This week on Monday WTI prices crossed the $100/Bbl mark for the first time since the end of December (they closed at $100.37/Bbl yesterday February 12, 2014). Brent crude traded at a $19/Bbl premium to WTI at the end of November but the spread has fallen to less than $10/Bbl in recent weeks ($8.42/Bbl yesterday). One of the biggest concerns hanging over the crude market is the fear of oversupply – both inside and outside the US – with the forward curves pointing towards WTI at $78/Bbl and Brent at $90/Bbl by 2020. Today we provide an update on the crude market.
In our last blog on the Brent/WTI spread at the end of last year we looked back at 2013 (see Why 2013 Was The Year of Daft Punk for the Brent/WTI Spread). This time we look at how the spread is panning out so far in 2014 and the implications of the forward curve for the future direction of prices. The next two paragraphs provide a catch up on the storied relationship between these two critical crudes for those new to the saga.
WTI, the US domestic benchmark and Brent, the benchmark for crude sold in Europe and many other parts of the world are both light sweet crudes with similar refining qualities that should be priced about the same if they are trading in the same market. Historically that was the case, and WTI and Brent prices tracked closely - with WTI generally having a slight premium over its international rival – reflecting the freight cost to ship Brent to the US. A little over three years ago in August 2010, WTI began to trade at a discount to Brent because of a build up of crude inventory at the Midwest Cushing, OK trading hub. Growing crude production in North Dakota and Western Canada overwhelmed Midwest refinery needs and got caught in a Cushing glut because of inadequate pipeline transport capacity to Gulf Coast refineries. The WTI discount to Brent widened out as far as $28/Bbl in November 2011 and averaged $18/Bbl in 2012.
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During 2013 the Brent/WTI spread traded in three distinct ranges. For the first 6 months of the year until the end of June the Brent premium to WTI collapsed to less than $1/Bbl as surging Midwest and Texas crude production began to bypass Cushing and reach Gulf Coast refineries. Between July and September underlying Brent and WTI prices both rallied. Tensions in the Middle East and Brent production shortfalls due to maintenance kept international prices high while increased demand for WTI in the Midwest and falling stocks at Cushing underpinned WTI (see The Cushing Floodgates Open). The Brent premium to WTI widened out again during this period to $5/Bbl but remained in a relatively narrow range with the two crudes tracking roughly the same path. Then from mid-September to the end of the year Brent prices took off on their own track, leaving WTI behind as the Spread surged back to $19/Bbl at the end of November. But this time when the Spread widened, the behavior of a third crude, Light Louisiana Sweet (LLS) – the Gulf Coast light sweet crude benchmark – became very significant. That was because instead of tracking Brent – as they had during the past three years, LLS prices began to track WTI (see Goodbye Stranger).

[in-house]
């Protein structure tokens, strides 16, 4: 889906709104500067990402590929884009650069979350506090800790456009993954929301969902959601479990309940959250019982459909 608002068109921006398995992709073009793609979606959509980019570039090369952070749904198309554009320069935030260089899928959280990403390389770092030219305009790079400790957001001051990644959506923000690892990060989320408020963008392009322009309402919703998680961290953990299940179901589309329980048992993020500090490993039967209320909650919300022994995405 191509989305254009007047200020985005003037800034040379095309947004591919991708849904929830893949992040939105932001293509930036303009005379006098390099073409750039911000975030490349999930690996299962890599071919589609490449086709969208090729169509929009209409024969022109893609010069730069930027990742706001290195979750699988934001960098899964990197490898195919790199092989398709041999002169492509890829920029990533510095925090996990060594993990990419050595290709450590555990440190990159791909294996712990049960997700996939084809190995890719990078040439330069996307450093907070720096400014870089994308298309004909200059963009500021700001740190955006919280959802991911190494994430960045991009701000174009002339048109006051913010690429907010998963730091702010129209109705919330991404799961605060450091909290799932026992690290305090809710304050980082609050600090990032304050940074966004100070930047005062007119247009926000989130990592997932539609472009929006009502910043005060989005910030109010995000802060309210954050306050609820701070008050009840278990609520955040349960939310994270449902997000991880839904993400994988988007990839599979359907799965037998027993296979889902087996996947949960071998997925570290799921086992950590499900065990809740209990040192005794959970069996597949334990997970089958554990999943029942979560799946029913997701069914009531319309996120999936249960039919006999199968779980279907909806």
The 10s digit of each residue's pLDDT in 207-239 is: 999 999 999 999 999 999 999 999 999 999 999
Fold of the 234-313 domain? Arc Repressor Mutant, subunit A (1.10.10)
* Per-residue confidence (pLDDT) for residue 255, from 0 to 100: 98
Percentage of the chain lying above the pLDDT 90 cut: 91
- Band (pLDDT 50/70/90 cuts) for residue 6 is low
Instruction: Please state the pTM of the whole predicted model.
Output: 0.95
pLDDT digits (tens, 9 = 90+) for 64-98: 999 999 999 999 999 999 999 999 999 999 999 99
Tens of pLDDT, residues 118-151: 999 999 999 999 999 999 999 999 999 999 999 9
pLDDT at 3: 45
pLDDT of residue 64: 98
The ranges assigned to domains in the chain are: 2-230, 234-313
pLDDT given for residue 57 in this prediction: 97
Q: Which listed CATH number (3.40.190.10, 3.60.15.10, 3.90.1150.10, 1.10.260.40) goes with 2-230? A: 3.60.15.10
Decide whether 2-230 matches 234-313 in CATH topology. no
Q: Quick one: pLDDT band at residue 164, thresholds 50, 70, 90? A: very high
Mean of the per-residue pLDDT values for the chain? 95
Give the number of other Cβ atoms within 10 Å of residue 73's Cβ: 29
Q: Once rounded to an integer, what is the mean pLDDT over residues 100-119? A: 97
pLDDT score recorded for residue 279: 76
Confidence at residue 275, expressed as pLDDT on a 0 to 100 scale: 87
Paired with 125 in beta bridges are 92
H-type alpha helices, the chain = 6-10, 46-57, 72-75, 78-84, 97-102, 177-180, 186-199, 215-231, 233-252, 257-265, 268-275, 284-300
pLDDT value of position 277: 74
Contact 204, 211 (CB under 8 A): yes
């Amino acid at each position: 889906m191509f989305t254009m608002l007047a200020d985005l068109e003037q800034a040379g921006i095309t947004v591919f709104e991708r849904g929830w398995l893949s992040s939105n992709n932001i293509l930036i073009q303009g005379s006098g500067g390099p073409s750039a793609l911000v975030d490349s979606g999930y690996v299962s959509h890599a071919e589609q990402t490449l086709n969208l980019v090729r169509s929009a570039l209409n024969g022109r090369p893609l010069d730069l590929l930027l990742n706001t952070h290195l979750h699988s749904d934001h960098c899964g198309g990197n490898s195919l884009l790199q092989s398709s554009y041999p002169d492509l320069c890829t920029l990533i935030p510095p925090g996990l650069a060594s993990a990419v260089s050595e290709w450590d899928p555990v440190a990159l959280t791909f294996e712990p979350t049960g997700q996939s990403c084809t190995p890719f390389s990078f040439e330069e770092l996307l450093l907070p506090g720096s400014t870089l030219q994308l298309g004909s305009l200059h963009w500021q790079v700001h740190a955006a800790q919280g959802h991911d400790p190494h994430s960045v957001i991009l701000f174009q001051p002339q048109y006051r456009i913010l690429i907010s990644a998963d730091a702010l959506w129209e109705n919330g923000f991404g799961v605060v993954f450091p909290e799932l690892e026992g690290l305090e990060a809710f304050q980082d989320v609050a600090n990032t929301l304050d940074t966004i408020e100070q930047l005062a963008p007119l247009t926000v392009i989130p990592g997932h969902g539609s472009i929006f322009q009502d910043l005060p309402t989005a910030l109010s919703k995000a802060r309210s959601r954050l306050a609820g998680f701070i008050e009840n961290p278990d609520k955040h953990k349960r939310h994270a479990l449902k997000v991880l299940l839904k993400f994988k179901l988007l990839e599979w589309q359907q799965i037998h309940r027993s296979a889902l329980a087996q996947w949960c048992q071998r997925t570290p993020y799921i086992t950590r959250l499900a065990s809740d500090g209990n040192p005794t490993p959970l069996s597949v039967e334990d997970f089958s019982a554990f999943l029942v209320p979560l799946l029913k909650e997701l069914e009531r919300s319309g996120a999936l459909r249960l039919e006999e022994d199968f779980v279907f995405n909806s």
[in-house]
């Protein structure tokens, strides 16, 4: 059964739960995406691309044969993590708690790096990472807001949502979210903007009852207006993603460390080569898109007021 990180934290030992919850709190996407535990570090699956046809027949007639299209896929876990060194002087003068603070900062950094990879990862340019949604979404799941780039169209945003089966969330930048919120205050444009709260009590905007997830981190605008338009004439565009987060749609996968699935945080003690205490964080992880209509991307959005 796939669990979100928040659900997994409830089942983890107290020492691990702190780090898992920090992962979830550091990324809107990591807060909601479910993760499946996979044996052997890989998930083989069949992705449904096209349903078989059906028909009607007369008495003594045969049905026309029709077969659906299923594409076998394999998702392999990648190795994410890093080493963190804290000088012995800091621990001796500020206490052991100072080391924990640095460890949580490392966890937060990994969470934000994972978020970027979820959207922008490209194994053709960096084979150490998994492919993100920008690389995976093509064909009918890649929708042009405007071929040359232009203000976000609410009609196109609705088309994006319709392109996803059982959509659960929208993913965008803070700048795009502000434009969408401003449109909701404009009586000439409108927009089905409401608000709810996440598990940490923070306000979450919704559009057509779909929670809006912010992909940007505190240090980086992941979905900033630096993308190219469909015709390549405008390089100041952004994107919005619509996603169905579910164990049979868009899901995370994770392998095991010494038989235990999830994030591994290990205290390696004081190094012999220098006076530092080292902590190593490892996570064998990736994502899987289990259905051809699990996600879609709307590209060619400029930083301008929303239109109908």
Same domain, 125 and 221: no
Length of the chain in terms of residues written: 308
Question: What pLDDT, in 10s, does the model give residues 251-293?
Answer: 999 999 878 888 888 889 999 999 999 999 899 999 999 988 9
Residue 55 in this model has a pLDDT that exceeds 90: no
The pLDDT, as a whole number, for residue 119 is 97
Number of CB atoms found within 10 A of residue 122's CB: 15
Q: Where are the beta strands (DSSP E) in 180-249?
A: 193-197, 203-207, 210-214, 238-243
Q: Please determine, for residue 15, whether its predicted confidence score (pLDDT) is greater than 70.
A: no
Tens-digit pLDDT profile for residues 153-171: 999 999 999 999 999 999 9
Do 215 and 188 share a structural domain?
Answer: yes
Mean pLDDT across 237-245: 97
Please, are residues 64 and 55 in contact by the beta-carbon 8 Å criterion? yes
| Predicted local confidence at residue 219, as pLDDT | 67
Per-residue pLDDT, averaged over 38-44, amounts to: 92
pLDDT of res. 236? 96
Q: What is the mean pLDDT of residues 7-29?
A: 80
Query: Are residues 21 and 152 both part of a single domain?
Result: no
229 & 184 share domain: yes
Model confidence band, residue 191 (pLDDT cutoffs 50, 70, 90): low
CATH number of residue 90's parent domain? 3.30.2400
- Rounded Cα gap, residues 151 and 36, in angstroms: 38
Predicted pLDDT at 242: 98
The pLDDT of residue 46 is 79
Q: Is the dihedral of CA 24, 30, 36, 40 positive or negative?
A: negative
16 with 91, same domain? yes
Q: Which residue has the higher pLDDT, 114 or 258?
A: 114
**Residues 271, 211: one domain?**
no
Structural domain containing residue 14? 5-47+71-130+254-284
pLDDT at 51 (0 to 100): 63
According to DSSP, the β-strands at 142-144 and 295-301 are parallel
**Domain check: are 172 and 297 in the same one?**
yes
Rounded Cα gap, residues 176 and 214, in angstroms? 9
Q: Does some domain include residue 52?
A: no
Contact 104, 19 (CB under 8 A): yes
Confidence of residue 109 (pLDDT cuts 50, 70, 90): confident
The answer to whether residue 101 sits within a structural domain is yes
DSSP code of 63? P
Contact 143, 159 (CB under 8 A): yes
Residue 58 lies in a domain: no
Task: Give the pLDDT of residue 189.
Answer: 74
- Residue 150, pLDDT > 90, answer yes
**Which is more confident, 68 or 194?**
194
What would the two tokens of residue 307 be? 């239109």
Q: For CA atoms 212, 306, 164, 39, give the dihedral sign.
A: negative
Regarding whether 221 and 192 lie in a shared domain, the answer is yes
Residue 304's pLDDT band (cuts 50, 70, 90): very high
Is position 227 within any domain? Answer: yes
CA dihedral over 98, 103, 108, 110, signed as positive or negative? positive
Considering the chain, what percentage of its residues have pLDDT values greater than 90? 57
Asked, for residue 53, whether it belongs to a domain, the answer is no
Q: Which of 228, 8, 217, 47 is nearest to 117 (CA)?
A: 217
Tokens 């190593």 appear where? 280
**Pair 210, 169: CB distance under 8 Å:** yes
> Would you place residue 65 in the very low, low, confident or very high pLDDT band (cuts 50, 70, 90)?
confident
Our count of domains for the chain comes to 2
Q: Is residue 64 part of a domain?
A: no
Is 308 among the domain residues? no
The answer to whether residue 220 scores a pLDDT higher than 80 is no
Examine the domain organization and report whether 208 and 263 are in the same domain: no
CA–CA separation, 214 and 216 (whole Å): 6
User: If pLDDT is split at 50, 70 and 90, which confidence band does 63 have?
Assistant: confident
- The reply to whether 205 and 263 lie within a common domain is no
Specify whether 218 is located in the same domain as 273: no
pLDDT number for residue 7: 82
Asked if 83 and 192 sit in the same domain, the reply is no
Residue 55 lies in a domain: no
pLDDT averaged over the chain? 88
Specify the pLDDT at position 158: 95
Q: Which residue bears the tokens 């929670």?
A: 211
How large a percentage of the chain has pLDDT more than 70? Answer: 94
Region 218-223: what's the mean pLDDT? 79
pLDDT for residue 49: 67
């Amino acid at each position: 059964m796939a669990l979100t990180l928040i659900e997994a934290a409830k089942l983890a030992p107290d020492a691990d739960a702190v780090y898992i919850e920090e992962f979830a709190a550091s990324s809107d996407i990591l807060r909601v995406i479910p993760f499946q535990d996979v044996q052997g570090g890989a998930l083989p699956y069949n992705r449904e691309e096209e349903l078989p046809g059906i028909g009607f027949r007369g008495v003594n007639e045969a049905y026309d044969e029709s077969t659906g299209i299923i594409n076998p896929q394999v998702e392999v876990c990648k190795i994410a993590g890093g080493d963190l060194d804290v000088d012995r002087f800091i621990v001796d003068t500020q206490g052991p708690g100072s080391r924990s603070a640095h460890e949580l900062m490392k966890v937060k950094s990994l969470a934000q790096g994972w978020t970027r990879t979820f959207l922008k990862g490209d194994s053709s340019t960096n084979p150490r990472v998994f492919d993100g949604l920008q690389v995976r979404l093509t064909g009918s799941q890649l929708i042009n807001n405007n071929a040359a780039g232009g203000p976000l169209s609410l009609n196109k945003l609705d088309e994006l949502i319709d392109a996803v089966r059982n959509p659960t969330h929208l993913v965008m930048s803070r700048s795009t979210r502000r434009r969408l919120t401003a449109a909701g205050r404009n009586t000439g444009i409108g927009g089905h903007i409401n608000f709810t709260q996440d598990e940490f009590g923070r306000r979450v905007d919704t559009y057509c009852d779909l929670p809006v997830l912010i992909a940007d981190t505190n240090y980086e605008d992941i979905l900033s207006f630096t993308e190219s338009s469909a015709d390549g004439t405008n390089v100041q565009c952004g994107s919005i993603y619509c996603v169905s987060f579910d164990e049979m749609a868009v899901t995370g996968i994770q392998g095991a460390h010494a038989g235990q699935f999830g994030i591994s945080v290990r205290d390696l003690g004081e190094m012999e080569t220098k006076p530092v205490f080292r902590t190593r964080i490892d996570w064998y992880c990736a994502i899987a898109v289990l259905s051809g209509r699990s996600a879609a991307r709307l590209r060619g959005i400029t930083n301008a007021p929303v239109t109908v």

The reason for this change in LLS behavior relative to Brent was that the Gulf Coast had become oversupplied with light sweet crude, leaving no need for imports to meet refinery demand. This oversupply was caused by the cumulative impact of new pipeline and rail routes into the region as well as crude supplies arriving in Louisiana from the South Texas Eagle Ford basin (see Float, Float On). The implications of this oversupply are magnified by the Federal ban on crude exports that dates back to the 1970’s - restricting the export of US crude to anywhere except Canada. That ban means producers cannot simply export excess light-sweet crude supplies to overseas markets – increasing downward pressure on domestic prices.
The chart below shows Brent (red line) and LLS (blue line) premiums to WTI (black line) since September 2013. Over this period Brent premiums to WTI averaged $10.55/Bbl with a high of $19/Bbl at the end of November narrowing back to less than $10/Bbl in early February. LLS premiums to WTI averaged $4/Bbl over the same period. From September to the end of November LLS tracked WTI rather than Brent. In December LLS prices pushed higher to an $8.39/Bbl premium over WTI as US Gulf Coast refiners increased their throughput to 96 percent utilization and Gulf Coast crude inventory fell 18 percent (source EIA). Since the start of January Gulf Coast refinery utilization has fallen back as refineries reduced their throughput for maintenance (utilization was 88 percent as of February 7, 2014). In the last month crude oil inventory in the region has recovered by 12.6 MMBbl pushing LLS prices back to a $5/Bbl premium over WTI (green circle on the chart). Refiners have recently paid a premium for LLS over WTI at the Gulf Coast that is higher than the transport cost between the WTI Cushing, OK hub and the LLS St James, LA hub (about $4/Bbl). That is because LLS produces slightly higher yields of the more valuable diesel product that Gulf Coast refiners can export profitably than competing light shale crudes such as Eagle Ford (see Gulf Coast Diesel Crack Habit), which are sold at a discount to LLS.